|US4616989 *||Aug 27, 1982||Oct 14, 1986||Dynamit Nobel Aktiengesellschaft||Apparatus for the incorporation of glass fibers into thermoplastic synthetic resins|
|DE2117997A1 *||Apr 14, 1971||Oct 28, 1971||Anger Plastic Gmbh||Thermoplastics extruder|
|JPS54119554A *||Title not available|
|Citing Patent||Filing date||Publication date||Applicant||Title|
|US4812343 *||Jan 27, 1988||Mar 14, 1989||W. H. Brady Co.||Pultruded fiber reinforced plastic marking devices|
|US4894192 *||Aug 2, 1988||Jan 16, 1990||Hans Warych||Process for producing molded bodies from paper and a thermoplastic material|
|US4915764 *||Jun 1, 1987||Apr 10, 1990||Mario Miani||Method of making panels|
|US4925313 *||Apr 6, 1988||May 15, 1990||Hpm Corporation||Mixing screw for extrusion and injection molding|
|US4948665 *||May 22, 1989||Aug 14, 1990||Tetra Pak Holdings & Finance S.A.||Modified thermoplastic and a method for the manufacture of the thermoplastic|
|US4976904 *||Apr 20, 1989||Dec 11, 1990||Energy Research Corporation||Method and apparatus for continuous formation of fibrillated polymer binder electrode component|
|US5041258 *||Apr 17, 1990||Aug 20, 1991||Polyplastics Co., Ltd.||Injection process for long fiber-containing resin|
|US5173230 *||Oct 29, 1990||Dec 22, 1992||Icma San Giorgio S.P.A.||Method and apparatus for producing panels|
|US5185117 *||Jul 10, 1991||Feb 9, 1993||Composite Products, Inc.||Process for compounding thermoplastic resin and fibers|
|US5437826 *||Feb 2, 1994||Aug 1, 1995||Icma San Giorgio Spa||Extrusion method|
|US5490725 *||Sep 28, 1994||Feb 13, 1996||Hermann Berstorff Maschinenbau Gmbh||Melt-sealing device for extruders for the processing of thermoplastic polymers or rubber|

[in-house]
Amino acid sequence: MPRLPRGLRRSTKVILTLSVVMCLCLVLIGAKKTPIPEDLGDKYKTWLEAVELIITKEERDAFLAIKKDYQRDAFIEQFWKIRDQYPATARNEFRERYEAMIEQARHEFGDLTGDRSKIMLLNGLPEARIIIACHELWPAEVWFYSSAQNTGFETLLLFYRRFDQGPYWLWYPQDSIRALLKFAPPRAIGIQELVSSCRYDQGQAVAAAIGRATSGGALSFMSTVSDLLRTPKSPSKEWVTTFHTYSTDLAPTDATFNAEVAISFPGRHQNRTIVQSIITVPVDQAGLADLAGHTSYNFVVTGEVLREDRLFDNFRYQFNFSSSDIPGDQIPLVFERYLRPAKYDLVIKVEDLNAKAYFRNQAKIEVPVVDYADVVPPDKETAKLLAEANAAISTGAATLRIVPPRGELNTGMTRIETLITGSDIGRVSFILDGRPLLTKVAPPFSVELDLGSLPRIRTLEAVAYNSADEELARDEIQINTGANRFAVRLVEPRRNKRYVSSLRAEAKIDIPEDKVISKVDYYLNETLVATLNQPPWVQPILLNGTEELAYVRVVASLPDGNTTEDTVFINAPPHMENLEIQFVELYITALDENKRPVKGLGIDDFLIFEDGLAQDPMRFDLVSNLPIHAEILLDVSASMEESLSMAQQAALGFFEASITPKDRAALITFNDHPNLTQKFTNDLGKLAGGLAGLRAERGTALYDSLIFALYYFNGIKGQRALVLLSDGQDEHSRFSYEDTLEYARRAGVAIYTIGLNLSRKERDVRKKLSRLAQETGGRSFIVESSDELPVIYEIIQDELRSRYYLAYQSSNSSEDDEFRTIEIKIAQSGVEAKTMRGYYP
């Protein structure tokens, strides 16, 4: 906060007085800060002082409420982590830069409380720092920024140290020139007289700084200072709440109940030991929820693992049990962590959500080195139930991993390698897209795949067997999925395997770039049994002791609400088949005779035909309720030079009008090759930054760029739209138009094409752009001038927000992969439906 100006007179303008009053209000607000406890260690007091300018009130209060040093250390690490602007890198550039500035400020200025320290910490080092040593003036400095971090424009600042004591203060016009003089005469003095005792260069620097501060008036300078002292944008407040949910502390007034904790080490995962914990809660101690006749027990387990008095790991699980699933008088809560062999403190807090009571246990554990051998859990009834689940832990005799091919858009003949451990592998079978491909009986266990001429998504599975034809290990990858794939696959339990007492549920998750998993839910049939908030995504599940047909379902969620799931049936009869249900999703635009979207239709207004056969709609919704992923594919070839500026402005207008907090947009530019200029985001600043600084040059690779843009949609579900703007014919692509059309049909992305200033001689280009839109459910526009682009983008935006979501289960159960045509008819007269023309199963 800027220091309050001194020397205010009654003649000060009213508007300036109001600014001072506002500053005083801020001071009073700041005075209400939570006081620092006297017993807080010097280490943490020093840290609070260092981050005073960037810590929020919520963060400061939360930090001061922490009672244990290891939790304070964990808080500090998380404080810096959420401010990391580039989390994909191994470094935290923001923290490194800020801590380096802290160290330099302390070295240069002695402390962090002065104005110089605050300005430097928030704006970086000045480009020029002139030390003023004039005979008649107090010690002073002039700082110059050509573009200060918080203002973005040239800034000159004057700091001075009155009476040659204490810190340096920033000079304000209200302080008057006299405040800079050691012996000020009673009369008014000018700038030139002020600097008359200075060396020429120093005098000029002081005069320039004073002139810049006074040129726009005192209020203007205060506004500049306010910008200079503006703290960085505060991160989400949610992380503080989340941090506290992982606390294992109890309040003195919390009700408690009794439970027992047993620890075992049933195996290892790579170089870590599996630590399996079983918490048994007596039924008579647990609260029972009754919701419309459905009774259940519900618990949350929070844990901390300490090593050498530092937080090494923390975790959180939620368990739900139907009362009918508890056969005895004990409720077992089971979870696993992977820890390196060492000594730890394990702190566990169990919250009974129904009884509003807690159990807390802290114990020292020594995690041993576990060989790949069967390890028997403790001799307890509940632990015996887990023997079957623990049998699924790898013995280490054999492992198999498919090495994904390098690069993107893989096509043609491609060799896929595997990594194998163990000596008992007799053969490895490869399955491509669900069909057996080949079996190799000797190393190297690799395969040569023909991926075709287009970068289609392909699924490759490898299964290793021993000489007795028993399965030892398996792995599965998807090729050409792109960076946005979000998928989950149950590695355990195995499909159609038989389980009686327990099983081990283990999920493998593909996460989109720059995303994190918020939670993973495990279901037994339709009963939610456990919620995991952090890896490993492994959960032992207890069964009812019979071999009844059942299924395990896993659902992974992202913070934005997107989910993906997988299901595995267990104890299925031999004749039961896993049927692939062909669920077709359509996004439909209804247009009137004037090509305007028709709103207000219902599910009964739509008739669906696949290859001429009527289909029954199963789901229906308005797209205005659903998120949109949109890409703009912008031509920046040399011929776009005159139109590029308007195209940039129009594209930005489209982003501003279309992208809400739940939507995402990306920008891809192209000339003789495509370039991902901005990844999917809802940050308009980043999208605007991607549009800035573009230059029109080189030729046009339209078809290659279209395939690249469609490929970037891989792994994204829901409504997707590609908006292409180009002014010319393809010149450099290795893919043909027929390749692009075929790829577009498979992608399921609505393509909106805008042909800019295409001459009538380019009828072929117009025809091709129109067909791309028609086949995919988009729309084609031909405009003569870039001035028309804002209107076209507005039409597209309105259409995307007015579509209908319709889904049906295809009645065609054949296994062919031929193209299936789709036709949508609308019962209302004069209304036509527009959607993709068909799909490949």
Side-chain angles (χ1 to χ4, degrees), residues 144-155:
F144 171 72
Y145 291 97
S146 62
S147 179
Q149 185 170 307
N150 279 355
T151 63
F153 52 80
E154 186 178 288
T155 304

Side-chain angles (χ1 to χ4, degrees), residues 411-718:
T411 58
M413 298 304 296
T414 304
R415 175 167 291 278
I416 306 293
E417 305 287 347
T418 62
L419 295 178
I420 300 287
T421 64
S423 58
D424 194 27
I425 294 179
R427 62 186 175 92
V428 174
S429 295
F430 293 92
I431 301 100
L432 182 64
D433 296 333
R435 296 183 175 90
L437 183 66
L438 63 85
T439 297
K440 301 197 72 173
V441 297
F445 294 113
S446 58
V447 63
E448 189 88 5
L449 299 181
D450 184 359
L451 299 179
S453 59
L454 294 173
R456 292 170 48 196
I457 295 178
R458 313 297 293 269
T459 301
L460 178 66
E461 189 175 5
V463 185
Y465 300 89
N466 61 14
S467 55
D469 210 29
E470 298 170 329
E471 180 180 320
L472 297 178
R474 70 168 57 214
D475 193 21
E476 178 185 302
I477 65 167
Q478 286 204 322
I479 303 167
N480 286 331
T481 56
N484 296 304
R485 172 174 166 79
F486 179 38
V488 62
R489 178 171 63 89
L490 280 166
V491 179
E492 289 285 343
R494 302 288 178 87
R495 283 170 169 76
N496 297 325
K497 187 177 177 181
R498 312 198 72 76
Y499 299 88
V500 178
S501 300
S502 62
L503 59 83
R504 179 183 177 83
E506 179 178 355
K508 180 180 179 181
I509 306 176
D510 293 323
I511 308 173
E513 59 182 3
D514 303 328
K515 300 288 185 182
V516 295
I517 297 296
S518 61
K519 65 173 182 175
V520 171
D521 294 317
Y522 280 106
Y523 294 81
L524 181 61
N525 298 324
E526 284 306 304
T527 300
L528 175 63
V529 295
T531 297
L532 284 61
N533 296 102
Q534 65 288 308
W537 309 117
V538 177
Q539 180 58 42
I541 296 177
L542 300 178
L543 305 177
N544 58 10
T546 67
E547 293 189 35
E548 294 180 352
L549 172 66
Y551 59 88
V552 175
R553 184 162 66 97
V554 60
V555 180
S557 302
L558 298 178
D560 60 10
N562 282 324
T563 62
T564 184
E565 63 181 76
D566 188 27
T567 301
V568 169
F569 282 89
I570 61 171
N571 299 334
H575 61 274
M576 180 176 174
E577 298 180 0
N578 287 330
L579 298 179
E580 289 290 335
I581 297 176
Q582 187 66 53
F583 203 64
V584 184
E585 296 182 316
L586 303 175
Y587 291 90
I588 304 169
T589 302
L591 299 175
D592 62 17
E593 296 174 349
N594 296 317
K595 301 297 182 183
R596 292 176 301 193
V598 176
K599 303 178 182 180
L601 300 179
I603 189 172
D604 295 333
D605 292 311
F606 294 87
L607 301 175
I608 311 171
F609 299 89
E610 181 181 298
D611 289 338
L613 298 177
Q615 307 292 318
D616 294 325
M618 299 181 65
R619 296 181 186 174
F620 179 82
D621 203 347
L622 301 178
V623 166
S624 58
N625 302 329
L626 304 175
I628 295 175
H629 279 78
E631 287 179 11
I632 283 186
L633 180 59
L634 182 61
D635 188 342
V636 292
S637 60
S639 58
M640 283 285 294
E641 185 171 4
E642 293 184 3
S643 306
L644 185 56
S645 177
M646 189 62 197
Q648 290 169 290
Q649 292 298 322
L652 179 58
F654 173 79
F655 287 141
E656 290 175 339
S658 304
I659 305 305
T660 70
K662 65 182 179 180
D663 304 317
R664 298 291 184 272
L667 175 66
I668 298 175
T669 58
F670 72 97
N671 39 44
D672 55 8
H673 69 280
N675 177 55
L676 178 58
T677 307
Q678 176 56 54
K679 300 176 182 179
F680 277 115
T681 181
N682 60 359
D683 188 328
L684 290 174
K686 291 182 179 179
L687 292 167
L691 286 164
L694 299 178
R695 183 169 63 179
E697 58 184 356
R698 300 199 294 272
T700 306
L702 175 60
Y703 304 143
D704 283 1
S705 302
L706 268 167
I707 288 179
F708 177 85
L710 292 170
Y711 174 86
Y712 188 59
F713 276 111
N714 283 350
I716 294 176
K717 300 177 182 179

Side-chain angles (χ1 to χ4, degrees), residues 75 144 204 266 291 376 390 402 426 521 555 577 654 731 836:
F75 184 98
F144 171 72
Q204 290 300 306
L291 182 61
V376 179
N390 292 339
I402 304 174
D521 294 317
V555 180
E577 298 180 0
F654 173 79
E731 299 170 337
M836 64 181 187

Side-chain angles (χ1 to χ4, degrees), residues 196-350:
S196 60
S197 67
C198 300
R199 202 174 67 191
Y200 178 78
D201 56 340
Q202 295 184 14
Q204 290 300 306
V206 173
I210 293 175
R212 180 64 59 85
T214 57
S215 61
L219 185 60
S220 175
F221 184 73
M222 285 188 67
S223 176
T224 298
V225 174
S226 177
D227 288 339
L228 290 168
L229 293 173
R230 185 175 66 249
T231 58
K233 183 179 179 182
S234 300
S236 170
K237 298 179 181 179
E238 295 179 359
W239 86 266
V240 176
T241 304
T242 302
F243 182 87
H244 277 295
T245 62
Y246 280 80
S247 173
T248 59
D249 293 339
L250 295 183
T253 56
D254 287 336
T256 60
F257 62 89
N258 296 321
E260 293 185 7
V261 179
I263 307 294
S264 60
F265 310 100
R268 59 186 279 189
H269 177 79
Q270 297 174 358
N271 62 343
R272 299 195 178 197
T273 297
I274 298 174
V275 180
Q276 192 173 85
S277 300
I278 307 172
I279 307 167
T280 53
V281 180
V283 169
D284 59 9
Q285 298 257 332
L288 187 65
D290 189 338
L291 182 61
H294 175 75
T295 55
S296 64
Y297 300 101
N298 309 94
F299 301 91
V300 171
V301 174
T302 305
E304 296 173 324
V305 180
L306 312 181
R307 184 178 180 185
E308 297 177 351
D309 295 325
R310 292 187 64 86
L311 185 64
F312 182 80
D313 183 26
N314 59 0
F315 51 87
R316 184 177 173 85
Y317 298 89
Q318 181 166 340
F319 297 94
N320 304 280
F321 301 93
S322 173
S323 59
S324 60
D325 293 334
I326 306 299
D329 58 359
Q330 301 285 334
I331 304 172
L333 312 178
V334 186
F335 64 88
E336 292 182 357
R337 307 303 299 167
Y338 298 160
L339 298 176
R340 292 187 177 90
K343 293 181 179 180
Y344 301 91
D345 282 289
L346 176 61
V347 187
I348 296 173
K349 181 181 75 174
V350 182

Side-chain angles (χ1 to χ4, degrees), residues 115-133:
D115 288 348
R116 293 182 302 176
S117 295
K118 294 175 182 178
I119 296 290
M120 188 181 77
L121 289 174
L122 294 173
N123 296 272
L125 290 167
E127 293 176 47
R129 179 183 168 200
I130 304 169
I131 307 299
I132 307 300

|US5516472 *||Aug 30, 1994||May 14, 1996||Strandex Corporation||Extruded synthetic wood composition and method for making same|
|US5518677 *||Jan 13, 1995||May 21, 1996||Andersen Corporation||Advanced polymer/wood composite pellet process|
|US5545024 *||May 2, 1995||Aug 13, 1996||Bridgestone Corporation||Screw for double-shaft extruding device and double-shaft extruding device|
|US5593625 *||Jun 10, 1994||Jan 14, 1997||Phenix Biocomposites, Inc.||Biocomposite material and method of making|
|US5595696 *||Jun 1, 1995||Jan 21, 1997||Basf Aktiengesellschaft||Plastic material, and process for the preparation thereof|
|US5611882 *||Aug 11, 1993||Mar 18, 1997||Phenix Biocomposites, Inc.||Board stock and method of manufacture from recycled paper|
|US5628560 *||Jun 3, 1996||May 13, 1997||American Maplan Corporation||Double-screw extruder|
|US5641227 *||Apr 27, 1995||Jun 24, 1997||Geyer; Paul||Extrusion and refining apparatus and method|
|US5650224 *||Oct 3, 1996||Jul 22, 1997||Seaward International, Inc.||Elongated structural member and method and appartus for making same|
|US5658519 *||Jun 7, 1995||Aug 19, 1997||Seaward International, Inc.||Reinforced plastic piling and method and apparatus for making same|
|US5836689 *||May 9, 1997||Nov 17, 1998||Voith Sulzer Stoffaufbereitung Gmbh||Device for kneading high-consistency fiber pulp|
|US5891486 *||Mar 7, 1997||Apr 6, 1999||Geyer; Paul||Automatic milling apparatus|
|US6153293 *||Feb 4, 1999||Nov 28, 2000||Dahl; Michael E.||Extruded wood polymer composite and method of manufacture|
|US6227692||Aug 12, 1997||May 8, 2001||Husky Injection Molding Systems Ltd.||Double wave screw|
|US6436326||Jun 15, 2000||Aug 20, 2002||Dow Global Technologies Inc.||Forming slurry of reactive components and continuously feeding into continuous reactor|
|US6604929 *||Aug 20, 2001||Aug 12, 2003||Woodshed Technologies, Inc.||Fiber cutting mechanism|
|US7029263 *||Apr 14, 2003||Apr 18, 2006||Krauss-Maffei Kunststofftechnik Gmbh||Injection molding device with intermediate storage space|
|US7169340||Oct 24, 2003||Jan 30, 2007||Hawley Ronald C||Resin and fiber compounding process for molding operations|
|US7482402||Dec 13, 2005||Jan 27, 2009||Exxonmobil Research And Engineering Company||Fiber reinforced polypropylene compositions|
|US7743567||Jun 29, 2010||The Crane Group Companies Limited||Fiberglass/cellulosic composite and method for molding|
|US7858008 *||Feb 22, 2007||Dec 28, 2010||Polyone Corporation||Profile-extruded poly(vinyl chloride) articles and method of making same|
|US8074339||Dec 31, 2007||Dec 13, 2011||The Crane Group Companies Limited||Methods of manufacturing a lattice having a distressed appearance|
|US8119725||Mar 23, 2006||Feb 21, 2012||Exxonmobil Chemical Patents Inc.||Fiber reinforced polypropylene composite interior trim cover panels|